Just 143 miles from where Justin Fields awed the college football world for two seasons, the Chicago Bears rookie will make his first career NFL start at First Energy Stadium, home of the Cleveland Browns, this Sunday.
It’s a moment Bears fans have been clamoring for since Ryan Pace traded up to select Fields last April’s NFL Draft.
A franchise notoriously deprived of competent quarterback play believes that they might finally have their guy in 22-year-old Justin Fields. And based on his collegiate excellence, you can understand why.
Fields threw for 5,373 yards and 63 touchdowns (to just nine interceptions) during his two seasons as a Buckeye and led Ohio State to two College Football Playoff appearances. The first was a semifinal loss to Clemson in 2019. But Fields and his Buckeyes avenged that loss when they met the Tigers the next season on the strength of a performance for the history books for Fields.
Fields thoroughly outplayed the eventual No. 1 pick in 2021 NFL Draft, Trevor Lawrence, completing 22-of-28 passes for 385 yards, six touchdowns, and one interception en route to a 49-28 victory. It was one for the ages:
Justin Fields vs Clemson with broken ribs:
🔹92.9 PFF Grade
🔹6 Incompletions pic.twitter.com/te0A1umhWF
— PFF (@PFF) May 5, 2021
Fields and the Buckeyes would eventually lose the CFP Championship to Alabama, but Fields’ legend in Columbus was already solidified, and his NFL Draft stock was affirmed.
Fast forward to summer/fall ’21, and the plan for Fields in Chicago was a slow-roll by Matt Nagy and his staff. But as Luis said earlier this week, “while humans plan, the football gods laugh.” So with Andy Dalton nursing a bone bruise in his knee, Fields gets his shot on Sunday. But, of course, there’s a caveat: Nagy insisted that Andy Dalton is the Bears’ starter when healthy. If Fields struggles as the starter, Nagy could be setting up an escape route back to Dalton and his original plan of slow-rolling the rookie’s first season. Or, he could simply be showing respect to the veteran Dalton, who, in all fairness, has handled this whole situation with an impressive amount of grace. Either way, Fields has his shot at taking this job from Dalton for good, starting this Sunday. But I think it’s essential to talk about managing expectations.
Fields wasn’t great last week in relief of the injured Dalton. But he wasn’t bad either (Michael: if Darnell Mooney and Allen Robinson make those catches, his line looks very different). He completed 6-of-13 passes for 60 yards and an interception, and ran for 31 yards on 10 carries. Last week wasn’t his week, however, and we hope Nagy will have a different game plan for the offense with Fields under center this weekend. Still, the key takeaway here, for me, is that for all of the athletic ability and splash-play potential that Fields has, he is still a rookie. Mistakes are coming. Prepare yourself mentally for them now (Michael: We already saw some on a couple of false start penalties last week).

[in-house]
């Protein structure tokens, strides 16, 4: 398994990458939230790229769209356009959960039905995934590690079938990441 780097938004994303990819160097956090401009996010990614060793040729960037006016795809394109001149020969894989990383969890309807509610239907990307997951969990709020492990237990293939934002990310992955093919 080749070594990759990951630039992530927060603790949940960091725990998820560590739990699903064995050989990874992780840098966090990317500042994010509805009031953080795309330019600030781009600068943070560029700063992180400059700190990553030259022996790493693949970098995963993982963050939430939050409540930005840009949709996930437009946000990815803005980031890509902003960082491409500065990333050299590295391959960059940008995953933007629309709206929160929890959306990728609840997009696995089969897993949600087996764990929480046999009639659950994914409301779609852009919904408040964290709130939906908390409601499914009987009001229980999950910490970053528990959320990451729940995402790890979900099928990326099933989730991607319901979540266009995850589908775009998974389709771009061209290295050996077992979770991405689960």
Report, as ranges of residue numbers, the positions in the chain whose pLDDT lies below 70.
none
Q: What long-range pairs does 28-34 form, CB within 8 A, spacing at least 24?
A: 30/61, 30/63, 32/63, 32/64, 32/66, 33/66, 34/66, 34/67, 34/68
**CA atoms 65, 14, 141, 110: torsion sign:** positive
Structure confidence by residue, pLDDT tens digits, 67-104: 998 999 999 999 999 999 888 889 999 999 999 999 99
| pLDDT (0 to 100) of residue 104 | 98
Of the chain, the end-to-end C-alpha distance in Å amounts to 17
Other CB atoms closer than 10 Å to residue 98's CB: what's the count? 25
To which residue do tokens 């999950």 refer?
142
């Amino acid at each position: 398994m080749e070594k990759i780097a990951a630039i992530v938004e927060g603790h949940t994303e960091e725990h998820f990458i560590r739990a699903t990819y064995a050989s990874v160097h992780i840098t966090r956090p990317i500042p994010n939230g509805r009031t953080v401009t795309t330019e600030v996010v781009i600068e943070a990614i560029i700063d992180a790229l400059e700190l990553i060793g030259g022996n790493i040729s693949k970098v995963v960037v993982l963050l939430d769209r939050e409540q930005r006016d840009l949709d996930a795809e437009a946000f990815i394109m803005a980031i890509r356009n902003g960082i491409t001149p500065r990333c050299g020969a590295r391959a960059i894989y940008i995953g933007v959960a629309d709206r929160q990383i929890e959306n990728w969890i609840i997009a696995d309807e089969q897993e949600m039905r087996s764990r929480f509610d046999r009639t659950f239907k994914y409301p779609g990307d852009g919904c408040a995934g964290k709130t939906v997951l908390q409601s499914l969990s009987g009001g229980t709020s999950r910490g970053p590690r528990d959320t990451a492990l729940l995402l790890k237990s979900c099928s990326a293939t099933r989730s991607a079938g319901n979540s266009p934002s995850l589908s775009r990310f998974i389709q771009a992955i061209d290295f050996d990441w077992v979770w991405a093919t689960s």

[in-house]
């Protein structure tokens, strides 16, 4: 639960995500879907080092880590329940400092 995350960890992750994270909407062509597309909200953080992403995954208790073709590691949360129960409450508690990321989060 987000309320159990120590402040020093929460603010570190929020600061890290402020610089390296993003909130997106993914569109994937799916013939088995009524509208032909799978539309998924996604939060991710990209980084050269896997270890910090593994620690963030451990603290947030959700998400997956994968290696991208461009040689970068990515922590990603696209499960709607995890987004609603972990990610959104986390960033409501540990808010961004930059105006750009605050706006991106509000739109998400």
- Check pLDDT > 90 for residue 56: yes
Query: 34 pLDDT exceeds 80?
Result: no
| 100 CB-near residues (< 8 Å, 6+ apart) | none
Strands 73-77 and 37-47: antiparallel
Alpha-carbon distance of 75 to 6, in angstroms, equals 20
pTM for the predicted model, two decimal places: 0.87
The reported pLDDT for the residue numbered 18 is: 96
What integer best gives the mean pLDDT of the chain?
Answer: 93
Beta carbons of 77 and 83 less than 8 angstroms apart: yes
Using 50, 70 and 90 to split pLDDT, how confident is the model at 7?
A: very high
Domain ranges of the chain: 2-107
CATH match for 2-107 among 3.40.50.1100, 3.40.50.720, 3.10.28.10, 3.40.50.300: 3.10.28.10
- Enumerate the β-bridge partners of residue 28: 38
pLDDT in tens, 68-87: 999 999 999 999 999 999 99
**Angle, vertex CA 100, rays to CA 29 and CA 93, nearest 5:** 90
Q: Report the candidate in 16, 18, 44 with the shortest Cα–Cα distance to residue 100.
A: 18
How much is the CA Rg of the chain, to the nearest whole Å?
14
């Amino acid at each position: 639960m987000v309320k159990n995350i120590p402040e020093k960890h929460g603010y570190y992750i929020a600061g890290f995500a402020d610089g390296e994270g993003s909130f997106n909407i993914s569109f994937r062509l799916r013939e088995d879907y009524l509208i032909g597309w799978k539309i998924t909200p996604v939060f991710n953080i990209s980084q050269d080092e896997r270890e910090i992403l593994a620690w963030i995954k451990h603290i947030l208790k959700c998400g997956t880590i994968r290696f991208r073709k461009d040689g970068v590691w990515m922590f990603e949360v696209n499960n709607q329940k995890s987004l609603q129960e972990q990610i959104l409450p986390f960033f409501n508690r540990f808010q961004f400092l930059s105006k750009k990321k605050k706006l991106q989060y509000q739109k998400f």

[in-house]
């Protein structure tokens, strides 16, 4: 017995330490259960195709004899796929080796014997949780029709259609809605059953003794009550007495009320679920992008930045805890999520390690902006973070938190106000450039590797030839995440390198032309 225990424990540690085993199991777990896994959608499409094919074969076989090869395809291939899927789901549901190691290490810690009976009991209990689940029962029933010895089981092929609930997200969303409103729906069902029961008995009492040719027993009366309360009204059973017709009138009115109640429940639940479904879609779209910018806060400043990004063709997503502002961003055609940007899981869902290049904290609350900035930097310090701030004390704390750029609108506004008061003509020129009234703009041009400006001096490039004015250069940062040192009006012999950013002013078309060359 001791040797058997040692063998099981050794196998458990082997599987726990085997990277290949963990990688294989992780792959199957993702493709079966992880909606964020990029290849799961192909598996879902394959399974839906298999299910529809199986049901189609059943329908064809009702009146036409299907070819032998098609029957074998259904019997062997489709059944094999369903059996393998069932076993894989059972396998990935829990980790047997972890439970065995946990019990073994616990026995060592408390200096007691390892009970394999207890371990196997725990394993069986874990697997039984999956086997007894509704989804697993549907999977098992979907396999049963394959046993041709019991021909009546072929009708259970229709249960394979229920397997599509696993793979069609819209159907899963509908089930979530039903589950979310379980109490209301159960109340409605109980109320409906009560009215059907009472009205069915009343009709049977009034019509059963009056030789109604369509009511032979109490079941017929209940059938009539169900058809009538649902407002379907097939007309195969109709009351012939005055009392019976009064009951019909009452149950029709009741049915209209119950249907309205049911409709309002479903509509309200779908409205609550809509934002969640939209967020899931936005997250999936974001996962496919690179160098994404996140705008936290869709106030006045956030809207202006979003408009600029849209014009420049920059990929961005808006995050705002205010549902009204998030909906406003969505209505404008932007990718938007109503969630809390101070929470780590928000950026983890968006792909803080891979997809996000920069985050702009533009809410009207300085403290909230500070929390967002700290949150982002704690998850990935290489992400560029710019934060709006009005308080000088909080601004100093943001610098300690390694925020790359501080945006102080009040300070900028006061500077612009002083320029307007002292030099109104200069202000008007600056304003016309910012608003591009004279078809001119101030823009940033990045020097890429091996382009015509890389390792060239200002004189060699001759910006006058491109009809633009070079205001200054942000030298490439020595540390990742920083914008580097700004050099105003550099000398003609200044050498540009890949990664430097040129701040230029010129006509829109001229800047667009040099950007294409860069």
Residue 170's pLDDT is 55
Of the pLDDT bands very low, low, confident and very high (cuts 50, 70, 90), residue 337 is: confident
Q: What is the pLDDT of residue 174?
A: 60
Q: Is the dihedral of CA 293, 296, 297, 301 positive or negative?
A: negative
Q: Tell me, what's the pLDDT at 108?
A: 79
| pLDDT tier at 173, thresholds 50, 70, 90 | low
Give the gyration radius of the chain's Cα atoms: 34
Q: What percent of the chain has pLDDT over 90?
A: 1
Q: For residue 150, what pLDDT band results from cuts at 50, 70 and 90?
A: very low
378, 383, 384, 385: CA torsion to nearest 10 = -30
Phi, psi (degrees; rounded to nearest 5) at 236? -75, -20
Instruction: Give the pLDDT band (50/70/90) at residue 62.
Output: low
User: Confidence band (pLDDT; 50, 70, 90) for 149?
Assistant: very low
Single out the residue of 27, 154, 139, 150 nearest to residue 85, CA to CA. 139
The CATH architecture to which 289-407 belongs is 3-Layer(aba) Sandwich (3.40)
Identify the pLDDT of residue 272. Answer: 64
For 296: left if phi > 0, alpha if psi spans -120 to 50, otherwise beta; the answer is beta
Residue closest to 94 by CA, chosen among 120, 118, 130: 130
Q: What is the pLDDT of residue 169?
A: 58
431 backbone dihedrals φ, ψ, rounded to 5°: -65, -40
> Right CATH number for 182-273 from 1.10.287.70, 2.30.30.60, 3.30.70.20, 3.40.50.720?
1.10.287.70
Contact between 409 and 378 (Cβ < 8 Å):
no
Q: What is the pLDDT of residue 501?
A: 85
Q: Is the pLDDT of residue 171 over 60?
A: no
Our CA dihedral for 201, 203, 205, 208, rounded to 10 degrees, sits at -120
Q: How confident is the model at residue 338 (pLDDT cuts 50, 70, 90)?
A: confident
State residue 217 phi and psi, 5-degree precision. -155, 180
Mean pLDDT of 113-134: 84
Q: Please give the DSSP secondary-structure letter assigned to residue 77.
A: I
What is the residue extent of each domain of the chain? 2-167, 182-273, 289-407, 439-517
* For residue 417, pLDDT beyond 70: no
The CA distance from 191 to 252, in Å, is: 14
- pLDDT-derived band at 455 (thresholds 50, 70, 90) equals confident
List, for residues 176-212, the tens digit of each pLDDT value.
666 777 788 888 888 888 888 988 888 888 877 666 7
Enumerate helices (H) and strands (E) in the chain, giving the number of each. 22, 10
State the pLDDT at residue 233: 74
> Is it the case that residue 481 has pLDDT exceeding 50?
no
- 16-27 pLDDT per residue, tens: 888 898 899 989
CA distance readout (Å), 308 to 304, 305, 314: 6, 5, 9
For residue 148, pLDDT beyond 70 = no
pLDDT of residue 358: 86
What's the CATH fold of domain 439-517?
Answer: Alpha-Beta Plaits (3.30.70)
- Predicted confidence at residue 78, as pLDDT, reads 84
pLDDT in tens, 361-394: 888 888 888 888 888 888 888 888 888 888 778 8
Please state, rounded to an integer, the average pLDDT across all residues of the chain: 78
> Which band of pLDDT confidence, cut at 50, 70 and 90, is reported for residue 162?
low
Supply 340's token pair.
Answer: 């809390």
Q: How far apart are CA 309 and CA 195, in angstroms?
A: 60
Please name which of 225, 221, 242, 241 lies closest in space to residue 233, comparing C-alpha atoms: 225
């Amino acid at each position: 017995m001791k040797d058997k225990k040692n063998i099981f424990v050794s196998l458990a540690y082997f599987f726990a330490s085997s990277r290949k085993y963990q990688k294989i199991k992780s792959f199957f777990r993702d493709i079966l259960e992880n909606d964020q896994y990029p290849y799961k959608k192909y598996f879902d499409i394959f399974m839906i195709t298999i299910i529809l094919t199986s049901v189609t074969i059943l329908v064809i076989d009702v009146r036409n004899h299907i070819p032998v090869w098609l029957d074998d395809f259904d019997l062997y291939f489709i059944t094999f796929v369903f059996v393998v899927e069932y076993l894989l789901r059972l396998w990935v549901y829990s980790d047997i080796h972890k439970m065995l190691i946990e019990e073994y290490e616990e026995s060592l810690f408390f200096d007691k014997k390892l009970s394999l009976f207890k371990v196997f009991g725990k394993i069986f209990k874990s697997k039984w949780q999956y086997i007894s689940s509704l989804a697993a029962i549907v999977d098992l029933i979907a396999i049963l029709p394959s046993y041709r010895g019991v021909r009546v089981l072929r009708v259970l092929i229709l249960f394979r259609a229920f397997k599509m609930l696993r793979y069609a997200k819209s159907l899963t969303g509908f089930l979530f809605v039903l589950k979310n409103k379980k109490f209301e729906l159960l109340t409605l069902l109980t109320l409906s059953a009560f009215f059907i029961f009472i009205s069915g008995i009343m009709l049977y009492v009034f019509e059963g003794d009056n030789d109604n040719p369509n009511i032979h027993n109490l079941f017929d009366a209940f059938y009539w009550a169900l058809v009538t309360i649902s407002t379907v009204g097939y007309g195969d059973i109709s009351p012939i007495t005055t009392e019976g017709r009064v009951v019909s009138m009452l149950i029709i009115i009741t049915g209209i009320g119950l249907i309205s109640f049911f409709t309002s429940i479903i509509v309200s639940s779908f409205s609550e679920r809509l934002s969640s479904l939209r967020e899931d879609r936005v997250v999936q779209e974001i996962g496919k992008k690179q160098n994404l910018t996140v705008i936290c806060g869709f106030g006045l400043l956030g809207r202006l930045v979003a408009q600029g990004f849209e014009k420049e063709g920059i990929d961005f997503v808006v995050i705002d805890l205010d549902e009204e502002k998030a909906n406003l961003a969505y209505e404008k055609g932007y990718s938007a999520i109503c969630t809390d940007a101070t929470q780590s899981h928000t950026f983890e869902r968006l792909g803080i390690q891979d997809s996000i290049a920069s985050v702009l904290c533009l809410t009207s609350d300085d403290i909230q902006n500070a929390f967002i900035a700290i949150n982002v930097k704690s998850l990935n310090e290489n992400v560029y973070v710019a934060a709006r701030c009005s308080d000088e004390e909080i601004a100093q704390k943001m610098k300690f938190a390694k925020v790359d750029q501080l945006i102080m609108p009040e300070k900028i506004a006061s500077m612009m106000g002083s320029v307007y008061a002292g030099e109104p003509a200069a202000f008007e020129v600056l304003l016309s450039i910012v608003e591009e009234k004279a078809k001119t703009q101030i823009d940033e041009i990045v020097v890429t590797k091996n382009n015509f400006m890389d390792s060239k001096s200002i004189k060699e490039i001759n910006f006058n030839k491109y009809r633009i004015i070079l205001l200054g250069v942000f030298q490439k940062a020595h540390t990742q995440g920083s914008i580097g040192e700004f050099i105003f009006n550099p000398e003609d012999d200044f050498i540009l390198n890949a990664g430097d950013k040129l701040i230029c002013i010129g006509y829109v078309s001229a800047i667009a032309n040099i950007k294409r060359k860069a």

That doesn’t mean that we won’t see Fields unleash his insanely accurate rocket arm. Remember this 61-yard strike to Chris Olave at the Sugar Bowl?
This was the longest throw of Justin Fields’ career🚀
61 yards vs Clemson in the Playoffs
— PFF College (@PFF_College) April 12, 2021
That doesn’t mean that we won’t see him flash that 4.4-40-yard dash speed.
This is some serious hustle by Justin Fields.
The QB ran about 60 yards to make a block on the touchdown run. pic.twitter.com/qpdG2mSCvH
— CBS Sports (@CBSSports) December 5, 2020
It means that, while we’re going to see all of the unique talents that Fields possesses on display, we’re going to watch him learn the NFL game on the fly. And we should do our best to understand that when he makes mistakes. Remember, this is what we wanted. The calls for Fields to be QB1 have been consistent since the jump, and they’ve been loud.
Veteran left tackle Jason Peters reiterated what we’ve seen and heard about Fields from a mental standpoint; he’s stoic, and he’s not phased by the gravity of the situation he now finds himself in:
Bears left tackle Jason Peters on Justin Fields: "He's very confident, so when he calls a play you just want to make sure you do your job because you definitely believe in the kid that he's going to make a play for you. And most of the time he does."
— Kevin Fishbain (@kfishbain) September 21, 2021
Fields will lean on his stoic nature and other-worldly athleticism as he learns to be a starting quarterback in the NFL, but nothing replaces experience. If Nagy (finally) can live up to his reputation as a dynamic play-caller, given the right quarterback, Fields should be able to play well enough to keep the starting job for good.
If Fields can throw for over 170 yards and at least two touchdowns on Sunday, he’ll have put together the best Bears rookie quarterback debut this century.
We all want to see Fields light it up on Sunday against the Browns, and it’s not inconceivable that he can. But let us remember that it’s just one game if things don’t go exactly according to plan.
The future under center is here for the Bears; take it in and enjoy it.